so when you get down to reloading information re: charge weights and whatnot, the published information is a guide. that data is only concrete for the test barrel the publisher used to acquire the data and with the specific powder lot used for testing. ANytime you change a single component, the recipe is going to change. Commercial ammo manufacturer's test powder every time they get a new lot and adjust each batch of ammo produced with it to the proper pressure and then verify that the rest of the data holds true (velocity, consistency, etc) before they load it in bulk. This is why sometimes you'll find that even your favorite factory load sometimes shoots wonky if you get a bad lot.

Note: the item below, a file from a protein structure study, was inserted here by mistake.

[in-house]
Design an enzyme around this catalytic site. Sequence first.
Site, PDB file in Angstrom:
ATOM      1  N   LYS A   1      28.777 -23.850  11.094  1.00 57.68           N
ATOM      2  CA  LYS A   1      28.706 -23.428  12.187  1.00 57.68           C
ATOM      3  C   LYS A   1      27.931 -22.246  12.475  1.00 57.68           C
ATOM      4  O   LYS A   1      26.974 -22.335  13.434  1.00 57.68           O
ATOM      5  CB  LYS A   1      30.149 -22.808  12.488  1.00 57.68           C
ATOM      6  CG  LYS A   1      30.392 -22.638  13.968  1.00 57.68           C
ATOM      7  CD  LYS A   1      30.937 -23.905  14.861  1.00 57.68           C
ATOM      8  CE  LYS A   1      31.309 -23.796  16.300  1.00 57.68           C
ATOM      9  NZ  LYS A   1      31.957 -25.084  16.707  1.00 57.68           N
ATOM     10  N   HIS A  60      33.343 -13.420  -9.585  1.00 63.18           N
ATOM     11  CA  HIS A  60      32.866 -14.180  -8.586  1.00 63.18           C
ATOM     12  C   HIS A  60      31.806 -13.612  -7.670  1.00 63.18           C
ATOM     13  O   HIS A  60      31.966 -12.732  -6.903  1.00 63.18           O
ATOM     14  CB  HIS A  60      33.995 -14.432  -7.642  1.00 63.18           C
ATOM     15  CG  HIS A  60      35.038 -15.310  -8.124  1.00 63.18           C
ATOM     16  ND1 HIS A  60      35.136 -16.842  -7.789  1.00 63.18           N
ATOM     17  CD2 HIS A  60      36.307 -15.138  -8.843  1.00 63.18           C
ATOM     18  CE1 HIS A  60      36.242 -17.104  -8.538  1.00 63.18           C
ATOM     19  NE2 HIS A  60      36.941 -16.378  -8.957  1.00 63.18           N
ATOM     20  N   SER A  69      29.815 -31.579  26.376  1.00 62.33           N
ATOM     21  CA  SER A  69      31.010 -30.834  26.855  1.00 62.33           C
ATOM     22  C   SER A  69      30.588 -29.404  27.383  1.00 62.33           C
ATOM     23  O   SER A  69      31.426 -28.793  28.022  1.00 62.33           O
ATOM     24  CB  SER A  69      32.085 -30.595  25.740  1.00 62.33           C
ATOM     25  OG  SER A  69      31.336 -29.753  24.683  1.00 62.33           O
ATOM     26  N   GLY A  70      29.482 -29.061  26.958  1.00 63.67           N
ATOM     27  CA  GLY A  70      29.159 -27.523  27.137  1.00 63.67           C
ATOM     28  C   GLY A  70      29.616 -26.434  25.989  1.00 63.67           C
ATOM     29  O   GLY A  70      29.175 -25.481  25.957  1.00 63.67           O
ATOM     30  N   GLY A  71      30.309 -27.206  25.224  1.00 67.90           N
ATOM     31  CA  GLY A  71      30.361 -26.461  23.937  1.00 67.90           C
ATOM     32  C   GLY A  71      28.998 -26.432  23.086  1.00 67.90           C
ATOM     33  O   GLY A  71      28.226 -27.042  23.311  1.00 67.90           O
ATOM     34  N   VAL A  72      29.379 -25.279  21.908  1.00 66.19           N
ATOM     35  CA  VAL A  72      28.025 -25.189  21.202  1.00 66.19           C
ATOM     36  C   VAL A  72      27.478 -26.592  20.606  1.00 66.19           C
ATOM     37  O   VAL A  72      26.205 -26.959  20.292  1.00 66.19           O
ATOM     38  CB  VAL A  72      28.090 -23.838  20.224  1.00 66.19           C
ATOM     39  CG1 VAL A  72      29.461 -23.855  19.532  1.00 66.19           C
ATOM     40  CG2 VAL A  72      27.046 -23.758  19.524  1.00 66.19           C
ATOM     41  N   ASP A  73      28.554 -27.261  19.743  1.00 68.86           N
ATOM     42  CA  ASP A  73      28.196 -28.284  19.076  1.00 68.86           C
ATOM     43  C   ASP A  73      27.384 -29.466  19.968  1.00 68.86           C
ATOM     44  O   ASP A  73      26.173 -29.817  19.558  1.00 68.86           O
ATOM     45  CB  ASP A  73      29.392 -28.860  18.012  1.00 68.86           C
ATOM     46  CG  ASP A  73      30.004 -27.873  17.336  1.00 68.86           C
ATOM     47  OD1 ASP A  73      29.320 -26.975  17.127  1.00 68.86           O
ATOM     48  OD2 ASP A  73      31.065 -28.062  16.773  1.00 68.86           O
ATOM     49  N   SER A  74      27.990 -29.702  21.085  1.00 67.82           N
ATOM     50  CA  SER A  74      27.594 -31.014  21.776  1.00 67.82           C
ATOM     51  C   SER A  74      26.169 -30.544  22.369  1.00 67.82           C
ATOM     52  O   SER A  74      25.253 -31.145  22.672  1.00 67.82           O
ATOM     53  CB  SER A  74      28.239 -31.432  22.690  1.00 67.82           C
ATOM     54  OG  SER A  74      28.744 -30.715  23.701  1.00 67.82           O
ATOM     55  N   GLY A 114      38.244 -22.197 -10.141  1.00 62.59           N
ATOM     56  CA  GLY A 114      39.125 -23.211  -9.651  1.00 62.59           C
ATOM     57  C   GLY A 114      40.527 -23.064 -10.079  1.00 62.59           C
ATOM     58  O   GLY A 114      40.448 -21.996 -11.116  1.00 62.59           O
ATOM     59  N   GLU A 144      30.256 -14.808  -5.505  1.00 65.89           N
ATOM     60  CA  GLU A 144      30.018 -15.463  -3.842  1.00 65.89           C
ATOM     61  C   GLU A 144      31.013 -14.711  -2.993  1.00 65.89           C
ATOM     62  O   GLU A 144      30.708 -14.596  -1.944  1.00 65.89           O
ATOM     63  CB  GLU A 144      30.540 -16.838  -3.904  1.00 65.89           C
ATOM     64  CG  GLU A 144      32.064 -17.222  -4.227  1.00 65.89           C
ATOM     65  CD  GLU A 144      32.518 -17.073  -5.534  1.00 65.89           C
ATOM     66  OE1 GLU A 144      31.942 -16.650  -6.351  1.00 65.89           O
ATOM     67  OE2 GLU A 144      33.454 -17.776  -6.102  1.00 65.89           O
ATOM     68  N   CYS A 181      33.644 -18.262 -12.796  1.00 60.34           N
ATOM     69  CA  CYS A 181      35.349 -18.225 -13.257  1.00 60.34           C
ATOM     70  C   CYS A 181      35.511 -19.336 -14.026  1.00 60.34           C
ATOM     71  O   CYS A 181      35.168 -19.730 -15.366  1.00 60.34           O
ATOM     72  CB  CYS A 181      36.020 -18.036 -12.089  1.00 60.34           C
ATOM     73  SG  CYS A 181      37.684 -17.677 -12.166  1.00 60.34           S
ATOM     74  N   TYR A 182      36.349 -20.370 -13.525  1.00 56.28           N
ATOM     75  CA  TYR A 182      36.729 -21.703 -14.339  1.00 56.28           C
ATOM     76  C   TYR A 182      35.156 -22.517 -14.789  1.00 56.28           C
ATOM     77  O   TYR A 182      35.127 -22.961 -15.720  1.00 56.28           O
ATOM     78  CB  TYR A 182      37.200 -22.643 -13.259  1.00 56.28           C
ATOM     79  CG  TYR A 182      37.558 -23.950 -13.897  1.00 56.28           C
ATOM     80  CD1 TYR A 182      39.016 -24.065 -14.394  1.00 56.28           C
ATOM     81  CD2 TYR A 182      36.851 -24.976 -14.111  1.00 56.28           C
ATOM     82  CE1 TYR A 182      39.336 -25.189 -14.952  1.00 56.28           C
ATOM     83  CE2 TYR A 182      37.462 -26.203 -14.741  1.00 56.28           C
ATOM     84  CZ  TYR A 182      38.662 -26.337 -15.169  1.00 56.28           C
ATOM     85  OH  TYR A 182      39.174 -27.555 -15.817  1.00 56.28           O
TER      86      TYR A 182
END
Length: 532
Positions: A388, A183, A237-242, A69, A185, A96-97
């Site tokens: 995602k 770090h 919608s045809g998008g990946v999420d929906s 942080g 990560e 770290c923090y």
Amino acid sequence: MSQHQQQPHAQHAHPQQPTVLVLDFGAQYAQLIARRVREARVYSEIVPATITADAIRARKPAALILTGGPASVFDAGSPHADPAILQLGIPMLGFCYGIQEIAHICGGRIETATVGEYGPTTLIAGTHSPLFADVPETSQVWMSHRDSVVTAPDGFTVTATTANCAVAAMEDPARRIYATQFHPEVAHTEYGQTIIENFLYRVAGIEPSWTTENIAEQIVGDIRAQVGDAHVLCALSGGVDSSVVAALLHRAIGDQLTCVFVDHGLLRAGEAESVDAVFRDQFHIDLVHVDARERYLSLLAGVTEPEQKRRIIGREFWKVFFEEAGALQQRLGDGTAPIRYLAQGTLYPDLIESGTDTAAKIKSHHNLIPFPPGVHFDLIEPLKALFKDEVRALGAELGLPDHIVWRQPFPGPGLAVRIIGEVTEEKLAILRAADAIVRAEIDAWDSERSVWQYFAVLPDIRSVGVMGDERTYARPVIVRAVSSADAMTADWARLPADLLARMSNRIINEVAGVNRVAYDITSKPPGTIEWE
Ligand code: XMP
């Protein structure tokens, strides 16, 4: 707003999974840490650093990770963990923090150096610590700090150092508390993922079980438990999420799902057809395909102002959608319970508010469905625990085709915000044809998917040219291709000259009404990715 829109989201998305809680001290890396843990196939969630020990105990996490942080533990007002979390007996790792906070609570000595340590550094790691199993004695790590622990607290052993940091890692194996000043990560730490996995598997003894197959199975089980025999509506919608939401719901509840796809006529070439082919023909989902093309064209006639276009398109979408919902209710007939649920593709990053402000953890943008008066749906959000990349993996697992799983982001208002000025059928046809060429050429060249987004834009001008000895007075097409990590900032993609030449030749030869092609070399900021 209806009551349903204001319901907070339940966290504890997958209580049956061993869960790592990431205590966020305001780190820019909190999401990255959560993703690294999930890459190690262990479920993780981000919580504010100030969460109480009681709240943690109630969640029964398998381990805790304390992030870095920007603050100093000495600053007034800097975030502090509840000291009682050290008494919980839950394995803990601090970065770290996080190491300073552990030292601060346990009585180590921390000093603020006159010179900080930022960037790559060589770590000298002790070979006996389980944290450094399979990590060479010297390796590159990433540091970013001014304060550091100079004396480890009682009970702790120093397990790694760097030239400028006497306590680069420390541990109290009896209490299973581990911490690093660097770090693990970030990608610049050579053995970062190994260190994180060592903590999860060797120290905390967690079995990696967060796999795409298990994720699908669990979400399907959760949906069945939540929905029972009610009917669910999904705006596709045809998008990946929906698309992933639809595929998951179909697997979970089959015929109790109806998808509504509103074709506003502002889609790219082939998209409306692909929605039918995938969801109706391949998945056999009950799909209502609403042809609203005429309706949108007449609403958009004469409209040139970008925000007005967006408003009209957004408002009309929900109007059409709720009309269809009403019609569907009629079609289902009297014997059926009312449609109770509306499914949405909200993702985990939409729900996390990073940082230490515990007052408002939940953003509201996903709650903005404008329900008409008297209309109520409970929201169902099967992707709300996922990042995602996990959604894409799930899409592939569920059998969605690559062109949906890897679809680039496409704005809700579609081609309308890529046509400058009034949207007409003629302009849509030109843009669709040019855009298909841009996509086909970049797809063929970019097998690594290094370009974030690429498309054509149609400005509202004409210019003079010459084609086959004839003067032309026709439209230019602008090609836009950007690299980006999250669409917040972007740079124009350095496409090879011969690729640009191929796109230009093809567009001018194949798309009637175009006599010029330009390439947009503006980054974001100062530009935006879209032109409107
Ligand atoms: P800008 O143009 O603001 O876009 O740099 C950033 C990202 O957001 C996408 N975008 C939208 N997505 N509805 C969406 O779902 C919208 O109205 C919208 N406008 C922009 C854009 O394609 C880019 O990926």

so for us reloaders - doing load development with varying charge weights from min-max published data is a way to not only safety check that published data is good for OUR rifle, but also for accuracy. Every powder/bullet/brass/primer combination has a (or several) sweet spots where ignition produces a very consistent velocity. We call these sweet spots "nodes" - and then pray that these nodes match into our barrels harmonic timing too. By doing tests with small changes in powder charge, but keeping everything else consistent it allows us to identify these ES/SD nodes as well as searching out the magic velocity needed for our harmonics. It also allows us to watch for signs of pressure getting too high by reading our primers (more like reading tea leaves in some respects compared to the pressure test barrels commercial ammo mfgs use) to know if a load is still safe to shoot in our guns.